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Understanding Insurance

High Deducible Insurance 

Many health insurance policies today have high deductibles that are required to be paid by you before they will pay out any coverage for your care.  In theory, high deductible plans keep premiums lower but require you to pay a lot of upfront costs. 


However, the annual out-of-pocket costs are increasing for individual and family plans every year.  Even with the implementation of the Affordable Care Act, the maximum out-of-pocket cost for any individual Marketplace plan for 2017 is $7,150 for an individual plan and $14,300 for a family plan (source).

Going Out-Of-Network 

Going out-of-network has always been taboo thanks to the insurance companies and healthcare providers.  Guess what?  It's by design. Most health insurance companies will warn against going out-of-network and here’s why. 


"In-network" healthcare providers have contracted with your insurance company to accept certain negotiated "discounted" rates. You typically will pay less with an in-network provider because they are limited on what they can charge. "Out-of-network" providers have not agreed to the discounted rates. You typically will pay more with an out-of-network provider because they are not limited on what they can charge.


Advance Patient Imaging is changing this concept. We charge less than the negotiated rates offered by health insurance companies. We provide true price transparency with our all inclusive pricing. We have no additional charges or hidden fees. You always know your out-of-pocket expenses before the procedure. 


Another reason health insurance companies will advise against going out-of-network is due to deductibles. You may have a higher deductible for out-of-network coverage and some policies may not apply out-of-network cost to your deductible at all.  However, it's a fact that 75% of people never reach their annual in-network deductible so it becomes a moot point. Again, that's by design.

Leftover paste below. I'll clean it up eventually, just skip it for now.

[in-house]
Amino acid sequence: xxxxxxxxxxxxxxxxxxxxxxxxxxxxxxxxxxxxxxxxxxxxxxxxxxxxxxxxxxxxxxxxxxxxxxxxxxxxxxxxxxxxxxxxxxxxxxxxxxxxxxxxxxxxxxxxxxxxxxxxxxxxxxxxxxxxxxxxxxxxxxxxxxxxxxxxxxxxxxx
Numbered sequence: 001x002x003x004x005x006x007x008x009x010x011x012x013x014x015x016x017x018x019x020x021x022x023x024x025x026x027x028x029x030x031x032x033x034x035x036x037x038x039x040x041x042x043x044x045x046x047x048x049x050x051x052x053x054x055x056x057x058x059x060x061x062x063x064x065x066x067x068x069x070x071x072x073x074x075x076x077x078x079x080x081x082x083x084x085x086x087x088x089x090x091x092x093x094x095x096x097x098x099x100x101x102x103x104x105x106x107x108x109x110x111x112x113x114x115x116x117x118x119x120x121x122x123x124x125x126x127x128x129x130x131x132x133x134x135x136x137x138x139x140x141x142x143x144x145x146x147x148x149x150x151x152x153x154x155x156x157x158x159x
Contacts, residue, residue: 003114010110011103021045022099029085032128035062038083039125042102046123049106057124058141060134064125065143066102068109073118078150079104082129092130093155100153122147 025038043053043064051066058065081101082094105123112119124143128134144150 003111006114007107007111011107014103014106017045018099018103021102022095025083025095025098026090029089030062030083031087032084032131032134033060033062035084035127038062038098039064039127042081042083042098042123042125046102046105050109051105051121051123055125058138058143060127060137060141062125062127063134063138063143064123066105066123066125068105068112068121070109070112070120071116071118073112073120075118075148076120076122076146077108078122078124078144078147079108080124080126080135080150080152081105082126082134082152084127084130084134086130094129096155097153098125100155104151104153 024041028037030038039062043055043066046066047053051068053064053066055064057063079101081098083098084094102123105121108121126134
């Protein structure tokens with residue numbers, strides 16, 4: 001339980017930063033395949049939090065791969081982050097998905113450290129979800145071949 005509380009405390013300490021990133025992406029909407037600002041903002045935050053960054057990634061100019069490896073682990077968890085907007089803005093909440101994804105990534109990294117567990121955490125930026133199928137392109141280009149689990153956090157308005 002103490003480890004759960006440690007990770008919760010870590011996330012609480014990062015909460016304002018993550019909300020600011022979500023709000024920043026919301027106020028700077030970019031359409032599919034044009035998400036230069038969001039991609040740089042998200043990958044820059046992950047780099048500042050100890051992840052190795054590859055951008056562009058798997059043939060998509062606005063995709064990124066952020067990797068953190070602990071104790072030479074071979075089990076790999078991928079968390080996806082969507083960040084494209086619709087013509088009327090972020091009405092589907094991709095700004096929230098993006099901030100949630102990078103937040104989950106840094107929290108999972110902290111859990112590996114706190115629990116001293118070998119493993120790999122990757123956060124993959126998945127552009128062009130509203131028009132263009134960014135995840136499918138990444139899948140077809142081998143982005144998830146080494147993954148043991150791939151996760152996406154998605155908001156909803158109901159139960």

Do yourself a favor and get involved with your healthcare decisions!  Pick up the phone and talk to your insurance company about your deductibles and how to save money that's coming out of your pocket. 

Fixed Price vs. List Price

Most insurance companies negotiate contracts with medical providers behind closed doors and are not primarily concerned about getting the most affordable, quality care for their members. Additionally, they are not overly concerned with high annual deductibles that you are responsible to pay out-of-pocket before the benefits kick in.  The main concern for the insurance company is subscriber premiums, since this is the source of their revenue.


If you have insurance, the insurer negotiates on your “behalf” with hospitals and outpatient diagnostic centers for a contractual rate.  This contractual rate is the maximum amount that a provider can collect for a covered service, i.e. an MRI or ultrasound exam, but the contractual rate is not the same for all medical providers, even in the same town.  


Medical providers have “List Prices” which are the base prices they charge before the application of any discounts or reductions to reflect the rates negotiated by insurance companies.  These “List Prices” matter because that's where negotiations begin, the same way car dealers bargain down from the sticker price.


What is not widely known is hospitals use these List Prices as leverage when negotiating with insurance companies and to convince self-pay patients of a higher perceived savings when they apply discounts to their prices. 


The chart below illustrates the average “List Price” for a very common MRI exam (lumbar spine without contrast) at several local hospitals compared to the fixed charge of Advanced Patient Imaging.  


list price chart


As illustrated in the chart above, Advanced Patient Imaging offers you a significant savings over all the local hospitals in the Cincinnati area. Based on the List Pricing above, you will save between 63% and 80% for a lumbar spine exam, regardless if it's with contrast or without contrast and we include the radiologist report at no additional cost.  Keep in mind, you will pay more for contrast exams at local hospitals and the radiologist report is billed to you separately. 


Even when you apply the discounts from the hospitals or insurance companies, you will still, most likely, be paying too much for medical imaging exams.  If you have not met your deductible for the year or have a co-insurance, then all or part of the charges for your imaging exam will be your responsibility, which could cost you hundreds or thousands out-of-pocket.